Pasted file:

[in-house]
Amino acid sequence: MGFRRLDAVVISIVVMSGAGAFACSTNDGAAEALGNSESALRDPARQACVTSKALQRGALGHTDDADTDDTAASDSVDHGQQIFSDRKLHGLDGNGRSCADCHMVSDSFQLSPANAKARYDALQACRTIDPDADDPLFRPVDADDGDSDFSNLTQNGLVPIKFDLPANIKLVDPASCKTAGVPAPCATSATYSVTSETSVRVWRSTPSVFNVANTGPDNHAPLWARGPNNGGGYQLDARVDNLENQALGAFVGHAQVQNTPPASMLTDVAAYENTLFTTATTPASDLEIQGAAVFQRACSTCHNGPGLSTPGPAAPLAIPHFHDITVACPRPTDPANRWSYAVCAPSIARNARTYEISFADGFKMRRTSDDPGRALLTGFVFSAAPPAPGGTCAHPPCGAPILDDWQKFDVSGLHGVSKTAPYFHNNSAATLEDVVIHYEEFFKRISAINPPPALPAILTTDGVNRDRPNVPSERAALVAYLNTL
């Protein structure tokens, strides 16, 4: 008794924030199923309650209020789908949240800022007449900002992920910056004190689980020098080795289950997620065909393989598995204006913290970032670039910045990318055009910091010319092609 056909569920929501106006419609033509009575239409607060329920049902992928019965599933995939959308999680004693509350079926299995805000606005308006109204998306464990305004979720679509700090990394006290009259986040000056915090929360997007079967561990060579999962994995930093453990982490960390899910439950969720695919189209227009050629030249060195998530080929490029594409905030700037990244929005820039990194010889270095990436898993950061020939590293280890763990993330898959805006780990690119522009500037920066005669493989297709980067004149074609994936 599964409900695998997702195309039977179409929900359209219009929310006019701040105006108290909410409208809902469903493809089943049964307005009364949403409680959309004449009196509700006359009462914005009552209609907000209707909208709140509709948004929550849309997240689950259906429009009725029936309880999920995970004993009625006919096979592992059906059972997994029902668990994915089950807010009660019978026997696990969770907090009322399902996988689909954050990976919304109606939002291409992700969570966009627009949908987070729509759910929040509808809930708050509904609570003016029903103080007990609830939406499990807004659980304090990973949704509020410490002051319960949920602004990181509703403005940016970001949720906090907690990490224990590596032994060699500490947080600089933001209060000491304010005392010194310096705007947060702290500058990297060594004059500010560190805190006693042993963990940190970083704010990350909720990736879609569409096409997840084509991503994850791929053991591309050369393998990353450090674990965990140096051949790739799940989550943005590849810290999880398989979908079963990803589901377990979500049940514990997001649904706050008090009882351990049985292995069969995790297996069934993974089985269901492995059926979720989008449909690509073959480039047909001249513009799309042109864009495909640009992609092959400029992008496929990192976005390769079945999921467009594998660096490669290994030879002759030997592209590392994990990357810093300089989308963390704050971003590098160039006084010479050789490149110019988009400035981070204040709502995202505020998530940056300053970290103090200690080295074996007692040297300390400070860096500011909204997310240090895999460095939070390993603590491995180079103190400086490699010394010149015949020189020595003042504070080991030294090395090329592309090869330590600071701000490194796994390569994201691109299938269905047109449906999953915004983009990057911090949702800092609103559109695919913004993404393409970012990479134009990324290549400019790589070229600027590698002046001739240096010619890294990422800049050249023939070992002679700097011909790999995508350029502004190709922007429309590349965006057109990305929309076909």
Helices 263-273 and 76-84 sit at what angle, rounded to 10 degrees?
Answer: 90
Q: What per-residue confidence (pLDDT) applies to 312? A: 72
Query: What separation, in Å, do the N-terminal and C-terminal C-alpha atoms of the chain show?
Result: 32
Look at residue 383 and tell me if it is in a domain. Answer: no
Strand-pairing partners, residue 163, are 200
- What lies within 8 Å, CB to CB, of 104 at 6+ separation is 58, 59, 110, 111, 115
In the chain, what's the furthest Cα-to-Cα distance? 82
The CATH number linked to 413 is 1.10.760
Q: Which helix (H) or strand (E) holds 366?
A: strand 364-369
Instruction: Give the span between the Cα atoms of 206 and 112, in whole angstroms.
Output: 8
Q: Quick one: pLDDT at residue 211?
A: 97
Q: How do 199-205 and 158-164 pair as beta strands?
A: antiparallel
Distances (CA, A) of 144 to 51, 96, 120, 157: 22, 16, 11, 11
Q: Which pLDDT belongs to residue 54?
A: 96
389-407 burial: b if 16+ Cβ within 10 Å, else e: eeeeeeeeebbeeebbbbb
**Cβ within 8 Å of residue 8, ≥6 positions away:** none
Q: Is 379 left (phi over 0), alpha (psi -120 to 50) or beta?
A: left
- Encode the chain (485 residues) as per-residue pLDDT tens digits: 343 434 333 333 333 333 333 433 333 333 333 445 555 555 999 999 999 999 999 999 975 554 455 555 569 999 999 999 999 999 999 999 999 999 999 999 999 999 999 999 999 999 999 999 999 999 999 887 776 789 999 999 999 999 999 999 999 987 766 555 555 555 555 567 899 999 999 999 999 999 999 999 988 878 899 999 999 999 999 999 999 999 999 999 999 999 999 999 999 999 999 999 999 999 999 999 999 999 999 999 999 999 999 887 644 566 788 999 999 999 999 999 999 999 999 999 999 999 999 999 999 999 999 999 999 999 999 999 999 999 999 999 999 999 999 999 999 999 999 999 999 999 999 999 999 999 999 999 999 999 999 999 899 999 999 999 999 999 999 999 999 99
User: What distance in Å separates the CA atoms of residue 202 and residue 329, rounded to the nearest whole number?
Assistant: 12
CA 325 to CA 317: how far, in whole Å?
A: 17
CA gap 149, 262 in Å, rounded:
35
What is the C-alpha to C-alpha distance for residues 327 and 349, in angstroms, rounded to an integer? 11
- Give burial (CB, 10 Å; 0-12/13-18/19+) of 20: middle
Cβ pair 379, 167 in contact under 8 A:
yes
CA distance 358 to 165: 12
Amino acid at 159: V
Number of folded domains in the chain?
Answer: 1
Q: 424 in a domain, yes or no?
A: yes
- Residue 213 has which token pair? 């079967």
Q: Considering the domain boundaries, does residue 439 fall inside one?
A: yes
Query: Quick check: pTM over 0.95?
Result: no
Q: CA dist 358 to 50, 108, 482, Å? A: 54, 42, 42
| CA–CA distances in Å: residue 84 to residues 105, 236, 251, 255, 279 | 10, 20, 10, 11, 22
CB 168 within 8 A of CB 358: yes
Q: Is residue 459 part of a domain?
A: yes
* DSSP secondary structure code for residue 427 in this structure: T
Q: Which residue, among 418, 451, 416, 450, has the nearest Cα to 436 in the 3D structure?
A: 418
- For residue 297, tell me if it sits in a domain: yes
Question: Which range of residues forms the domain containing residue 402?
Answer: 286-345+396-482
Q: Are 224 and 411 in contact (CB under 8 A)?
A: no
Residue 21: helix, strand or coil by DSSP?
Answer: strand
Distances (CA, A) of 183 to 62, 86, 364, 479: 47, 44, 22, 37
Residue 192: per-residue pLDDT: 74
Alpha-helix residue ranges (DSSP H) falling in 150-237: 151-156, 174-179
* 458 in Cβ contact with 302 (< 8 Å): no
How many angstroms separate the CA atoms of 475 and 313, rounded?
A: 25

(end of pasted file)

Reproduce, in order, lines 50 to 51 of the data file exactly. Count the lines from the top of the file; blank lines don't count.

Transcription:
Result: no
Q: CA dist 358 to 50, 108, 482, Å? A: 54, 42, 42